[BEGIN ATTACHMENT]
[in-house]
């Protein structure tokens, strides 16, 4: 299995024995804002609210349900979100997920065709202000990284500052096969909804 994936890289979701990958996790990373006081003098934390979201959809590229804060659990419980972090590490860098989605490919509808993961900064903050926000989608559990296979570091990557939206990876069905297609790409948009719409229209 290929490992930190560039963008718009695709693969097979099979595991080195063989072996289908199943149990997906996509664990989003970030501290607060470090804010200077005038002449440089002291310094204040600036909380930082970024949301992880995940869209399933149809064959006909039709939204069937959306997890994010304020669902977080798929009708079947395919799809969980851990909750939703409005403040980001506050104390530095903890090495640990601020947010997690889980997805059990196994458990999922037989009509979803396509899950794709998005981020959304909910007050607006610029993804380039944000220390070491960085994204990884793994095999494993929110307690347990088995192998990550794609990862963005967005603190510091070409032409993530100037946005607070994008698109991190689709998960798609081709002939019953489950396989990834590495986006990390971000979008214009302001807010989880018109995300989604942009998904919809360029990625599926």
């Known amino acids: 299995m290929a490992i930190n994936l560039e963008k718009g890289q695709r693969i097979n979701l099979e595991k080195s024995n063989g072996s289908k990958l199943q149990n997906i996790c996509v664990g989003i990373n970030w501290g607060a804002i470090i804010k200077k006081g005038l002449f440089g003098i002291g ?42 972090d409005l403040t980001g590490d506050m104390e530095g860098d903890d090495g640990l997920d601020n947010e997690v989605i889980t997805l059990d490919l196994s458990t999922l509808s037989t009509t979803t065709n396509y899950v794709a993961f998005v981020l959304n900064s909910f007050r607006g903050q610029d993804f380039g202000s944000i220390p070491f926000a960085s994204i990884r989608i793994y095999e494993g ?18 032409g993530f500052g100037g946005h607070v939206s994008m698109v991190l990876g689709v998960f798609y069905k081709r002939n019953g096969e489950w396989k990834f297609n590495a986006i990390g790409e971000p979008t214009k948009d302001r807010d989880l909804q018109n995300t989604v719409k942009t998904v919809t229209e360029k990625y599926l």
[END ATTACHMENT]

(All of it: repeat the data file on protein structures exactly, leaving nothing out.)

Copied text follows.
[in-house]
């Protein structure tokens, strides 16, 4: 299995024995804002609210349900979100997920065709202000990284500052096969909804 994936890289979701990958996790990373006081003098934390979201959809590229804060659990419980972090590490860098989605490919509808993961900064903050926000989608559990296979570091990557939206990876069905297609790409948009719409229209 290929490992930190560039963008718009695709693969097979099979595991080195063989072996289908199943149990997906996509664990989003970030501290607060470090804010200077005038002449440089002291310094204040600036909380930082970024949301992880995940869209399933149809064959006909039709939204069937959306997890994010304020669902977080798929009708079947395919799809969980851990909750939703409005403040980001506050104390530095903890090495640990601020947010997690889980997805059990196994458990999922037989009509979803396509899950794709998005981020959304909910007050607006610029993804380039944000220390070491960085994204990884793994095999494993929110307690347990088995192998990550794609990862963005967005603190510091070409032409993530100037946005607070994008698109991190689709998960798609081709002939019953489950396989990834590495986006990390971000979008214009302001807010989880018109995300989604942009998904919809360029990625599926």
């Known amino acids: 299995m290929a490992i930190n994936l560039e963008k718009g890289q695709r693969i097979n979701l099979e595991k080195s024995n063989g072996s289908k990958l199943q149990n997906i996790c996509v664990g989003i990373n970030w501290g607060a804002i470090i804010k200077k006081g005038l002449f440089g003098i002291g ?42 972090d409005l403040t980001g590490d506050m104390e530095g860098d903890d090495g640990l997920d601020n947010e997690v989605i889980t997805l059990d490919l196994s458990t999922l509808s037989t009509t979803t065709n396509y899950v794709a993961f998005v981020l959304n900064s909910f007050r607006g903050q610029d993804f380039g202000s944000i220390p070491f926000a960085s994204i990884r989608i793994y095999e494993g ?18 032409g993530f500052g100037g946005h607070v939206s994008m698109v991190l990876g689709v998960f798609y069905k081709r002939n019953g096969e489950w396989k990834f297609n590495a986006i990390g790409e971000p979008t214009k948009d302001r807010d989880l909804q018109n995300t989604v719409k942009t998904v919809t229209e360029k990625y599926l």